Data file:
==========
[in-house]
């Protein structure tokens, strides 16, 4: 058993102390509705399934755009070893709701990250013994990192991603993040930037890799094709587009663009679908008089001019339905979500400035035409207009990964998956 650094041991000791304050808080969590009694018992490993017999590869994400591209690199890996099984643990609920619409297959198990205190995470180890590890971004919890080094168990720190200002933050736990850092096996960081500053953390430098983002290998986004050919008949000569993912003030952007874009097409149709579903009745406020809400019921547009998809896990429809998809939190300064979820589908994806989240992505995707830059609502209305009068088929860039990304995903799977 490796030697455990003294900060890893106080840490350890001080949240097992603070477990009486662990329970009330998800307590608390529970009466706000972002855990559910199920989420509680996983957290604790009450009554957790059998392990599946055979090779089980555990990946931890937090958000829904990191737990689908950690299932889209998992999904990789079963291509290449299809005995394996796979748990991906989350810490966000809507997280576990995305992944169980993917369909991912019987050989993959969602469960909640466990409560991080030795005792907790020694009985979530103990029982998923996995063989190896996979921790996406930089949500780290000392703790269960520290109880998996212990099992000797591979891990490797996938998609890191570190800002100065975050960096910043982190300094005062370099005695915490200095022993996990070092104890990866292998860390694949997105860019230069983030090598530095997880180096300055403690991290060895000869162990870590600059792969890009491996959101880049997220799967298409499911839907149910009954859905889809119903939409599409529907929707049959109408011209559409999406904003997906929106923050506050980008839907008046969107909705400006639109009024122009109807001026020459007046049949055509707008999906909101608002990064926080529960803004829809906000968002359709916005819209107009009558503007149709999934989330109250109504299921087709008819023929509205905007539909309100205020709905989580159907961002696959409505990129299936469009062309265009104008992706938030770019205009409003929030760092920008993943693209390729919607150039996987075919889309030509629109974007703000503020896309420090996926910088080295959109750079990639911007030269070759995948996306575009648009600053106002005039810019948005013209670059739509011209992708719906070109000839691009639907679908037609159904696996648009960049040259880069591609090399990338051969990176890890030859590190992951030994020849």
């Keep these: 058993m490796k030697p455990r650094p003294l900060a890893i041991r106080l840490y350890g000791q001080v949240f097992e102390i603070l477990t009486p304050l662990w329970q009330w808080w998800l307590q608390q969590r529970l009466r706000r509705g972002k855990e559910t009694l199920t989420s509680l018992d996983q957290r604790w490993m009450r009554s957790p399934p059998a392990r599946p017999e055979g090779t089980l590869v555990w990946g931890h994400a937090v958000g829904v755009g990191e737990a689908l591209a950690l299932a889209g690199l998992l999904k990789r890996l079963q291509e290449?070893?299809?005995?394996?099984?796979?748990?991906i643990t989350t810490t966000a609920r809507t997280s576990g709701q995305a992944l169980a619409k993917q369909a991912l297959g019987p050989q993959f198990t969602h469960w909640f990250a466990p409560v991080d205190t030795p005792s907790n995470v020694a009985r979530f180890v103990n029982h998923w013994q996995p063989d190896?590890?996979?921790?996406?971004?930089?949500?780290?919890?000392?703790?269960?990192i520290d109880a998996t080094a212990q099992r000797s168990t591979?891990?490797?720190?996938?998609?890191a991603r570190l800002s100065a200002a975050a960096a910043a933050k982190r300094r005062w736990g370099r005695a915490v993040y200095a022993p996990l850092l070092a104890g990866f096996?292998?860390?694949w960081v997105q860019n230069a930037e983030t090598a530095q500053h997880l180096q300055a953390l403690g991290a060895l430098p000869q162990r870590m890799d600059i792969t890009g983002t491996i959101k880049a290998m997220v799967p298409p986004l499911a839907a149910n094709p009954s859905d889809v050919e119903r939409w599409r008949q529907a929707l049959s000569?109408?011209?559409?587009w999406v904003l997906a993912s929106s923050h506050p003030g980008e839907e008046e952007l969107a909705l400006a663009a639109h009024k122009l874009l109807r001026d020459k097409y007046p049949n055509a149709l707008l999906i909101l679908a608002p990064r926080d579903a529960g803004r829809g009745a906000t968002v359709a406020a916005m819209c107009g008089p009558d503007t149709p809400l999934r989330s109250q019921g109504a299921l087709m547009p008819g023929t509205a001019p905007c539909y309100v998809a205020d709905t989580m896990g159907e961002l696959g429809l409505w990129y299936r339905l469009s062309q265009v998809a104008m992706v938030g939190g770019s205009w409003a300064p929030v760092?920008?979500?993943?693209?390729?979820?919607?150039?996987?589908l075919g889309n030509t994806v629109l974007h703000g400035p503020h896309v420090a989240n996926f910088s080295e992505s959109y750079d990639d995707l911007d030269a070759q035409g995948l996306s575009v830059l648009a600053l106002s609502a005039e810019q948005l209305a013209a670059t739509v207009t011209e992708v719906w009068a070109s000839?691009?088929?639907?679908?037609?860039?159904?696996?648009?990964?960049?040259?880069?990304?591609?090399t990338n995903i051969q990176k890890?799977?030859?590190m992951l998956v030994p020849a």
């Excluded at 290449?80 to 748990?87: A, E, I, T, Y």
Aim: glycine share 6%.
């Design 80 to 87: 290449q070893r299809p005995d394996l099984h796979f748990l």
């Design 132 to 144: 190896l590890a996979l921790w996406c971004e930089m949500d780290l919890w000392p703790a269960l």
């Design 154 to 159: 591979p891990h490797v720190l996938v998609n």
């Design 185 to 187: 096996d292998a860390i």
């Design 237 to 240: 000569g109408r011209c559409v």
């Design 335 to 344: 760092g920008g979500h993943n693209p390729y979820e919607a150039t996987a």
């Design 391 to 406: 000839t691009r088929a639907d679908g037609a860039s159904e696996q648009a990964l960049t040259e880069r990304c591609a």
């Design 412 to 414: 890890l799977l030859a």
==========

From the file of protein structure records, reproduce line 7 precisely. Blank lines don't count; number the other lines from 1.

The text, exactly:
């Design 132 to 144: 190896l590890a996979l921790w996406c971004e930089m949500d780290l919890w000392p703790a269960l």